A signals engineer responsible for enhancing Australian long-range radar technology was awarded the Defence Minister's 2009 Award for Achievement last week.
Greg Combet, Minister for Defence Personnel, Materiel and Science, applauded Gordon Frazer of the Defence Science and Technology Organisation (DSTO) for his contribution to the 'Over the Horizon Radar' capabilities of Australia and its allies.
Over the Horizon Radar involved bouncing radio signals off the ionosphere -- which is the uppermost part of the atmosphere -- to detect objects that were not traditionally visible.
Frazer said that Australian Over the Horizon technology could detect targets within a 3,000 kilometre radius as part of the Jindalee Operational Radar Network (JORN).
His new technique would allow transmitters to be positioned in two dimensional arrays, rather than in long rows, enabling a "newly exploitable property" that would improve coverage and fidelity.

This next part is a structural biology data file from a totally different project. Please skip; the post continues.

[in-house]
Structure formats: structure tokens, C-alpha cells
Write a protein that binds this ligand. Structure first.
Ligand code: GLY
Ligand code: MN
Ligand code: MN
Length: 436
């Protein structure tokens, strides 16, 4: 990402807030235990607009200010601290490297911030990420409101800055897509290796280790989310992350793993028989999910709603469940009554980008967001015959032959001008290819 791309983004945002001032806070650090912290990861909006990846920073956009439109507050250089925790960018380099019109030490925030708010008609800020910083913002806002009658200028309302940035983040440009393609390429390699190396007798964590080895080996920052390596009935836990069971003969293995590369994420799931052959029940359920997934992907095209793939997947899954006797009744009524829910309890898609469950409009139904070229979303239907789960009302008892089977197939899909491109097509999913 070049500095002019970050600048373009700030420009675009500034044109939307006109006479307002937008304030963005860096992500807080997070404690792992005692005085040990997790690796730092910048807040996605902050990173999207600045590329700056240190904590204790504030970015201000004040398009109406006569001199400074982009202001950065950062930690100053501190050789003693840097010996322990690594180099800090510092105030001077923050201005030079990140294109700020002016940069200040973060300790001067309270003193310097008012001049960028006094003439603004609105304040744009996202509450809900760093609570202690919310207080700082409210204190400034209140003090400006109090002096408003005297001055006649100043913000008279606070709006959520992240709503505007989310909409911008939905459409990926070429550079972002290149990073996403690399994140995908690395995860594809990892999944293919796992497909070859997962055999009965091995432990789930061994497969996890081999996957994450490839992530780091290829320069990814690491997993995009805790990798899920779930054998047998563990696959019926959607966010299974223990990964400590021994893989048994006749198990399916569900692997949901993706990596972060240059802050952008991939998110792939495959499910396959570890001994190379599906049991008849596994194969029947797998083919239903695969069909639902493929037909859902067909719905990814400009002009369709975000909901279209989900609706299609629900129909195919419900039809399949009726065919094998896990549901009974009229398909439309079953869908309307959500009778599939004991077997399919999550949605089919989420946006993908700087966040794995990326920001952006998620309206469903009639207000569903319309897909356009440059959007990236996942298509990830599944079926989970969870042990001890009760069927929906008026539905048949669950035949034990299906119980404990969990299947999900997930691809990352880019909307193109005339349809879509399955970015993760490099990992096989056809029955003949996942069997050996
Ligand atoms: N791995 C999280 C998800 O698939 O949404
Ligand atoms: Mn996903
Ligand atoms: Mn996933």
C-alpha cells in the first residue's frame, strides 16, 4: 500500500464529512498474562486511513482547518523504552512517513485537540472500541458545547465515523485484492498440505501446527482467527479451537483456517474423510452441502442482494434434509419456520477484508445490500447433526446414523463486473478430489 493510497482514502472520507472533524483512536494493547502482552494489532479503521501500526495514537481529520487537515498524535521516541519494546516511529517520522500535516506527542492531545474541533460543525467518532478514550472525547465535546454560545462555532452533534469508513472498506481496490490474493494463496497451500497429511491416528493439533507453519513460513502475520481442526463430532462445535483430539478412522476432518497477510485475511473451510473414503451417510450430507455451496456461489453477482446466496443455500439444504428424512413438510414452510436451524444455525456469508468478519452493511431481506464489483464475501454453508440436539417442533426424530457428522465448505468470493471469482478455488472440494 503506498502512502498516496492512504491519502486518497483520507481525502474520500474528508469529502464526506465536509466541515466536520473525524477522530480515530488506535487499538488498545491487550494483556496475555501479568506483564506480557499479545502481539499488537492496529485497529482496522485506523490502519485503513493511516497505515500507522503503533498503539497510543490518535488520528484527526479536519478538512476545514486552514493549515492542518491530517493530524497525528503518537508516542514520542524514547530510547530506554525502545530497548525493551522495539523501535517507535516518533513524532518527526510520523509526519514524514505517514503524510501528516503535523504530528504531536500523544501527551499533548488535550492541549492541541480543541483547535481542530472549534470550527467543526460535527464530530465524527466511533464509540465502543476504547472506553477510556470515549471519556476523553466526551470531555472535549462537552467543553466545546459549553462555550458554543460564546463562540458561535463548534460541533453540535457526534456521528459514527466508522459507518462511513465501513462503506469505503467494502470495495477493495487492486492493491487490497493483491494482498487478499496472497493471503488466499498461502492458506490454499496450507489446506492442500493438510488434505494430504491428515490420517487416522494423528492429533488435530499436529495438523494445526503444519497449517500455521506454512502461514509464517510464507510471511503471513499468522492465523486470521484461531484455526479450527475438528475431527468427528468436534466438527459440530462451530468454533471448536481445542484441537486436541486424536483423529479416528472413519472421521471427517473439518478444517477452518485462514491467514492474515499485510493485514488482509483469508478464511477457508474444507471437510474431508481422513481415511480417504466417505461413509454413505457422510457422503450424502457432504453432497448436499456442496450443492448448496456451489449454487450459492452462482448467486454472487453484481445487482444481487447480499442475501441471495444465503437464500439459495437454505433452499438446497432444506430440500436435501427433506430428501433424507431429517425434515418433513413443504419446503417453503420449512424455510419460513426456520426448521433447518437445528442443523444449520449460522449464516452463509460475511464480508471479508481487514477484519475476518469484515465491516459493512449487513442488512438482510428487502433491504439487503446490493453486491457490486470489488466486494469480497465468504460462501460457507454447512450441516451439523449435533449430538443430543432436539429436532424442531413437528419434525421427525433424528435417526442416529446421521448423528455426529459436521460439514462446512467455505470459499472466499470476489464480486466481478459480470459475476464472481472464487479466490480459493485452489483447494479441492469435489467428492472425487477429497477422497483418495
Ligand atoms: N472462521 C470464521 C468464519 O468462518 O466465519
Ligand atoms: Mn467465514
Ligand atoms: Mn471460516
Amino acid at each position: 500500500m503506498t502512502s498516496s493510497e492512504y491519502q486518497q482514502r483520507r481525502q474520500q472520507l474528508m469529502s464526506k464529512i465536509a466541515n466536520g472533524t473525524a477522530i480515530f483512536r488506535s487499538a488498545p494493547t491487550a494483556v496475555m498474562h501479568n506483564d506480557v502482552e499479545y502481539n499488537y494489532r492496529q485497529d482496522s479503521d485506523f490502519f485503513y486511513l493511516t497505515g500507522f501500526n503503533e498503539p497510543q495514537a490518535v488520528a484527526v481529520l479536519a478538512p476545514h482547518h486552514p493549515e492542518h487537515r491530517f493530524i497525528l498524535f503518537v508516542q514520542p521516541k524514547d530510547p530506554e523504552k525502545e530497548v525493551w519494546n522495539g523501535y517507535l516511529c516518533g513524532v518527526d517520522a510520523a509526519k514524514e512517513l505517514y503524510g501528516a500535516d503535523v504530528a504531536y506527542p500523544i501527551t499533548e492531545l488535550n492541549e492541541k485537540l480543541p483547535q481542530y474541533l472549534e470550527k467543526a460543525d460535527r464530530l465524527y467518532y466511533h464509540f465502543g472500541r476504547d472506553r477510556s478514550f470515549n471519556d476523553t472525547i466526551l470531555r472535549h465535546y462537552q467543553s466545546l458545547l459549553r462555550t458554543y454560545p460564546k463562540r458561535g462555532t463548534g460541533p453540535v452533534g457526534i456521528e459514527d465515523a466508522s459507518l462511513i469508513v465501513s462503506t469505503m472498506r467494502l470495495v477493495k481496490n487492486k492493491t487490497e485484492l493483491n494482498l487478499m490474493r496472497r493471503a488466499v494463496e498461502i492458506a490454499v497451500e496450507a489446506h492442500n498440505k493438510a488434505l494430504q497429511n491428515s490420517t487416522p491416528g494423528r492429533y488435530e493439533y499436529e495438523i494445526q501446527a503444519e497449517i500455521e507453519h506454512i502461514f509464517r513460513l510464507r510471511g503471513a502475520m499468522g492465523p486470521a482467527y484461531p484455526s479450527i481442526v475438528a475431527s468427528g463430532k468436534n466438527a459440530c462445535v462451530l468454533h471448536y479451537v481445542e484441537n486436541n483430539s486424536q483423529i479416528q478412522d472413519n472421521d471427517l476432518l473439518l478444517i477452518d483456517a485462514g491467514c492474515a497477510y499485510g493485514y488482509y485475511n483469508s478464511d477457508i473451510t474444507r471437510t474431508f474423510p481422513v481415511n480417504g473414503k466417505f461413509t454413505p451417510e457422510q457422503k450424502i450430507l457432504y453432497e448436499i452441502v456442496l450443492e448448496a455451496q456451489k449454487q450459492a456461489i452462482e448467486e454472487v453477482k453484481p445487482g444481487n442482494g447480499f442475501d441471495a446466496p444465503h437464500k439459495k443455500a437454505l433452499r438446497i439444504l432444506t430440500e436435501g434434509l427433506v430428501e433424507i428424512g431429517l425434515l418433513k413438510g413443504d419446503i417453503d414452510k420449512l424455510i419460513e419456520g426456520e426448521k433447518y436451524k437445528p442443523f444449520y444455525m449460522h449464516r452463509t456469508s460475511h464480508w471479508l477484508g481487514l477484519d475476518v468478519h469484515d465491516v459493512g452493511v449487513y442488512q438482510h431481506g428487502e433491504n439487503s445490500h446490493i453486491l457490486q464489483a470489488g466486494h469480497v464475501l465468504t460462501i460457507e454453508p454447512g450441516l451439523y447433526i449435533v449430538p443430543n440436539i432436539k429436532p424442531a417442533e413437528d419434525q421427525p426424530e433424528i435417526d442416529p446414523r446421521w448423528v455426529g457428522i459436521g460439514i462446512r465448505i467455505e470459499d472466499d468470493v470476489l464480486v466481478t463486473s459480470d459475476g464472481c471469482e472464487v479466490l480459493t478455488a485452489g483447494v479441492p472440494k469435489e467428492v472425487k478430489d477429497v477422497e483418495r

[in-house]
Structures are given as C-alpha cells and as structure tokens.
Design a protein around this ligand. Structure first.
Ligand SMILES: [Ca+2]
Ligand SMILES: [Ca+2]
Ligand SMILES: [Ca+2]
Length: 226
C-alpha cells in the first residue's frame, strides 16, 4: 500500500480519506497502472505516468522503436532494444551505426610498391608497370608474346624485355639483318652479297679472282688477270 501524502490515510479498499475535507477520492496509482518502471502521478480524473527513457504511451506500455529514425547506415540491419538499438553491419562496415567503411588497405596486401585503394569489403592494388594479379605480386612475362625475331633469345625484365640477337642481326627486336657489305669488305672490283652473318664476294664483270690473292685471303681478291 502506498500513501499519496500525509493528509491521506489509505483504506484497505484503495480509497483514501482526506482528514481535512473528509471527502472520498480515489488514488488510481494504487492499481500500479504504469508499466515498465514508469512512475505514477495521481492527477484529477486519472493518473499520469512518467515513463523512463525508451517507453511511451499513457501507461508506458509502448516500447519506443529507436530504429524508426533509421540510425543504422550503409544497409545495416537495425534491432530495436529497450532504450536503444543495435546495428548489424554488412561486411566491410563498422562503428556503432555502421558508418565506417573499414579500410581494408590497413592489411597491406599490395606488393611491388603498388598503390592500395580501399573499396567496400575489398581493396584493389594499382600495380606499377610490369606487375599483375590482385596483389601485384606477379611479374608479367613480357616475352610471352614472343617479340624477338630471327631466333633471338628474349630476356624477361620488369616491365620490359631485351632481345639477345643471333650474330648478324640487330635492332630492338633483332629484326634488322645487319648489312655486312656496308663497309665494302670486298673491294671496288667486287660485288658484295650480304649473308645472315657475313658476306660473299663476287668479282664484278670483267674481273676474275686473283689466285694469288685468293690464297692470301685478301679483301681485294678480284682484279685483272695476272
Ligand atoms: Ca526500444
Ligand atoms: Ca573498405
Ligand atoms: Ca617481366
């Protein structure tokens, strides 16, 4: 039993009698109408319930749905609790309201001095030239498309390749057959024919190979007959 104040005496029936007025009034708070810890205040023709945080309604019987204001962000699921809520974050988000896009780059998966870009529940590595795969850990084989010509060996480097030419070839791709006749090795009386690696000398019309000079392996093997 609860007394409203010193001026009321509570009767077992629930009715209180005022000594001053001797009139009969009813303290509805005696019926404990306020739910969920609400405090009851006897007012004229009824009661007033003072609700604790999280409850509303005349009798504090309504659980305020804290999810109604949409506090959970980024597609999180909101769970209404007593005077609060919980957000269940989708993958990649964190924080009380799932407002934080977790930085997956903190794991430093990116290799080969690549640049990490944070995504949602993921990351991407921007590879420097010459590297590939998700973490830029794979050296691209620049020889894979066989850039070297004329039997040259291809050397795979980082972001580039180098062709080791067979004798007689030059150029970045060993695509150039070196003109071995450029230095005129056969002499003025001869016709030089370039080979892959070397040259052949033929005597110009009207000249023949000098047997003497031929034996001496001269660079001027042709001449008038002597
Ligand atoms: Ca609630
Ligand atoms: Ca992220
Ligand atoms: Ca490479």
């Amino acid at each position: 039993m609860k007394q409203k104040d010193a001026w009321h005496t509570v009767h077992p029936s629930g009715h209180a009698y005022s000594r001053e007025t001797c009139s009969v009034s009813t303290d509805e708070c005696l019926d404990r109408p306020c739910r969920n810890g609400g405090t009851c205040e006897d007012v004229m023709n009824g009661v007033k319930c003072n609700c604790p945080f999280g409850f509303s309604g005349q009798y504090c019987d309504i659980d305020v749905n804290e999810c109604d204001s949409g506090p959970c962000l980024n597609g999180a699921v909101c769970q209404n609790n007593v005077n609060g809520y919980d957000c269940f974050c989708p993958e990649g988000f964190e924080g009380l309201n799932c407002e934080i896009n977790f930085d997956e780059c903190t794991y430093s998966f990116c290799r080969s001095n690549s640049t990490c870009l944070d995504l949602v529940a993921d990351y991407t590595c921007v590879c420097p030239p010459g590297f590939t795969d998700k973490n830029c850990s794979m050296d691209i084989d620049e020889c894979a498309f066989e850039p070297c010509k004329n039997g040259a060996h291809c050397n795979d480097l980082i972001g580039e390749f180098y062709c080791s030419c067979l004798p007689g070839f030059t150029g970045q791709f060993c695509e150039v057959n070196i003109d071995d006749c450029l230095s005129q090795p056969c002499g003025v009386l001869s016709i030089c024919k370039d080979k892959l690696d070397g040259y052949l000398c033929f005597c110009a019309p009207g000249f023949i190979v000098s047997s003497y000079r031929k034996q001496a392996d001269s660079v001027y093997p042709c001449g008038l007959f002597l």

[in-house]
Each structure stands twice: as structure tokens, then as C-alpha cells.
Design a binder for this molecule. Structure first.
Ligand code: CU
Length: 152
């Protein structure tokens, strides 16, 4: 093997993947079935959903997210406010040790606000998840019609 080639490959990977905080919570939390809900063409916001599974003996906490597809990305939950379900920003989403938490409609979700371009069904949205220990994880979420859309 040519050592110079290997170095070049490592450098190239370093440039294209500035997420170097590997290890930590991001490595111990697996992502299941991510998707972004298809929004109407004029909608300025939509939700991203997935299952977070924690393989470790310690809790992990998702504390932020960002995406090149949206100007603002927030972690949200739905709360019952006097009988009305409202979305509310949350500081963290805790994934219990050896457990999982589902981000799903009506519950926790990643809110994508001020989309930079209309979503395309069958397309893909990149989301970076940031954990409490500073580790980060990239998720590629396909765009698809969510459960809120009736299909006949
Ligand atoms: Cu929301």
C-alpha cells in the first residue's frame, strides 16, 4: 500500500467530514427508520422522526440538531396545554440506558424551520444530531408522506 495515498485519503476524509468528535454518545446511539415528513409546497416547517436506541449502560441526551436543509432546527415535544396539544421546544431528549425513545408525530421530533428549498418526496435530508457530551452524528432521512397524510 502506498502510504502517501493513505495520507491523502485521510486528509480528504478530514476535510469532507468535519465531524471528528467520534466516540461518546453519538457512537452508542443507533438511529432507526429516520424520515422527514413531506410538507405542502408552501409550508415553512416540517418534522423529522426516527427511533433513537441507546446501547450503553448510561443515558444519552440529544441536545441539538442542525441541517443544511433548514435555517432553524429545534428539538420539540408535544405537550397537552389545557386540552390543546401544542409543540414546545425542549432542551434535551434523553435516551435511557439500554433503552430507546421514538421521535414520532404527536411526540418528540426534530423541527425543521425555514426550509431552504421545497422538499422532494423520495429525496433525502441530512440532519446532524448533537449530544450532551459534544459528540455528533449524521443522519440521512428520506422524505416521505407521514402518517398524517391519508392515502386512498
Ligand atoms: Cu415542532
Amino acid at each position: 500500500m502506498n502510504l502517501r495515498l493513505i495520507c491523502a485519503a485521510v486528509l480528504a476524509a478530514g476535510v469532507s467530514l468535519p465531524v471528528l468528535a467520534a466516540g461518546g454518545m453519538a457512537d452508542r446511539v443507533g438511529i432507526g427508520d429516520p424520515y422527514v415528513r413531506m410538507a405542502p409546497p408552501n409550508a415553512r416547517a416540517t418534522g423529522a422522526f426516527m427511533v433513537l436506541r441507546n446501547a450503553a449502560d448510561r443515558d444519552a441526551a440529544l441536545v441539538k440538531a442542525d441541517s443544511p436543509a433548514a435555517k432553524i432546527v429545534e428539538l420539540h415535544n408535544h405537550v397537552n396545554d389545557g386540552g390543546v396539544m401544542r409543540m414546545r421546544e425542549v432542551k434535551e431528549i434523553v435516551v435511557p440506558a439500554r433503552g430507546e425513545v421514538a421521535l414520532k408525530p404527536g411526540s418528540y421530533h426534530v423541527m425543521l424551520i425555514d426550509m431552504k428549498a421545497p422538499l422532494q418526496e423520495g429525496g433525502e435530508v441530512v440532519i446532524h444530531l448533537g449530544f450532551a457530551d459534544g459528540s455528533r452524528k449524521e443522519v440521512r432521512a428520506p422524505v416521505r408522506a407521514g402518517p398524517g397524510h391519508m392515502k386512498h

"It was a [new] way of viewing how radars work ... we had a real penny-dropping moment," Frazer said of the technique.
"It will give us a revolution in performance: greater simultaneous coverage, more targets more of the time, and higher fidelity," he told iTnews.
Researchers were currently testing the technology, which was expected to be implemented during the mid-life upgrade of JORN, which was first constructed in the 1970s.
It would be active by 2019 at JORN transmitter sites in Longreach QLD, Leonora WA, and Harts Range in Alice Springs, Frazer predicted.
"Dr Frazer's personal and sustained contribution has been instrumental in assuring that the Australia remains the world leader in operational Over the Horizon Radar capability," said Combet in a statement.
"As part of continuous improvement Dr Frazer has developed a number of major technological advances in techniques, algorithms, software and hardware that have helped to address some significant limitations on High Frequency radar performance caused by the ionosphere."